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The Demise of Spectacles- Restoring Youthful Vision

James Wolffsohn

3rd June 2011

Inaugural lecture by James Wolffsohn, Professor of Optometry at Aston University

Perfect sight, without glasses or contact lenses, right into old age is a realistic dream, according to James Wolffsohn, Professor of Optometry at Aston University.

In his recent lecture, entitled The Demise of Spectacles- Restoring Youthful Vision with Bionic Implants, he focused on historical, current and future technological solutions for improving the vision of our nation.

During the course of the presentation Professor Wolffsohn posed a number of questions on historical and current research and his aims for the future health of our eyes with the potential for ‘bionic’ implants. These are extra flexible ‘super lenses’ which could correct both long and short sightedness, as well as restoring eye focus allowing patients to throw away their glasses for good. These flexible lenses are inserted into the eye itself in a simple operation that replaces the existing lens in a similar way to the standard operation for cataracts. These lenses can be squeezed by the eye’s muscles into the shapes needed to focus on both near and distant objects, and all points in between.

He started with this: Why do only some younger people need glasses? Why do our eyes deteriorate as we get older, particularly in old age.

“We all vary in physical size, mainly due to a combination of our genetics and nutritional intake. In a similar way, the development of the eye is strongly linked to our genetic composition, though visual stimulus also plays a large part,” explained Professor Wolffsohn. He added: “At birth our eyes are only at approximately 70% of adult size, then through the process known as Emmetropization the eyes endeavour to grow to the correct proportions so that its length matches its optical power. However it is common for the eye to overshoot the correct size and expand beyond the needed dimensions, which leads to short-sightedness.”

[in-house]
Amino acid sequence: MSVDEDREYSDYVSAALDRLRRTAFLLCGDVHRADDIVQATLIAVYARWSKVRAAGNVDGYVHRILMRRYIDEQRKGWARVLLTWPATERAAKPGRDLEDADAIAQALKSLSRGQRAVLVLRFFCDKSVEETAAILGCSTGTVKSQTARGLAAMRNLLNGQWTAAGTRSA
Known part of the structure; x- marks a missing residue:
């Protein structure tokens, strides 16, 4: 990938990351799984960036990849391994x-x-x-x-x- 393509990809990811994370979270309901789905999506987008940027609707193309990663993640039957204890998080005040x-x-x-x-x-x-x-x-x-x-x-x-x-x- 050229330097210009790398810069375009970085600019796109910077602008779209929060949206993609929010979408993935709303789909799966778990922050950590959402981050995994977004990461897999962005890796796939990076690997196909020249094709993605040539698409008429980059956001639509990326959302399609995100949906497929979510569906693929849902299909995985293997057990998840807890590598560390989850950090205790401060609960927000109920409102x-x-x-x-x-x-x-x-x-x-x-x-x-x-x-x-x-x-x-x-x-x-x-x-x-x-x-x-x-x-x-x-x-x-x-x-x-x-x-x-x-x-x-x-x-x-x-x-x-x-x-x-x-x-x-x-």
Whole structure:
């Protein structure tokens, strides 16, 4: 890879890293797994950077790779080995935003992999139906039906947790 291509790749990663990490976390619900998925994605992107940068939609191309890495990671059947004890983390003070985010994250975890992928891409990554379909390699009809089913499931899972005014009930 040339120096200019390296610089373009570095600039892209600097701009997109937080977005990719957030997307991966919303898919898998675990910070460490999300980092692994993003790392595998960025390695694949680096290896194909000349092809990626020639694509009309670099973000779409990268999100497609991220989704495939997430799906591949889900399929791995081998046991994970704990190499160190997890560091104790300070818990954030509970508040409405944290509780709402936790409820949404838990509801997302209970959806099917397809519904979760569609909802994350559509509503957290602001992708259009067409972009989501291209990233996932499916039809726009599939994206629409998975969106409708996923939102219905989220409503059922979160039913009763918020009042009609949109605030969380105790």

“However even those with perfectly developed eyes will begin to develop visual difficulties as they age. This is because the lens within our eye, which provides our ability to focus on objects at different distances, harden over time, preventing the normal shape change in response to contraction of the ocular muscles. Starting from a very young age we gradually lose the ability to focus and you have to hold something further away to read it. By around 45 years you can no longer stretch your arms far enough and you need glasses for near tasks.”

What are the options for correcting vision?

“Following the loss of eye focus, vision at a range of distances can be achieved by: looking through a different portion of spectacles (bifocals or multifocals) although peripheral vision is distorted; splitting the lights between distance and closer distances (simultaneous vision multifocal contact lenses, intraocular lenses and laser refractive surgery) although contrast is lost and patients often experience glare; or having one eye focused for distance and the other for near (monovision) although depth stereovision is lost and contrast is reduced. Therefore a more natural ‘bionic’ solution is needed.”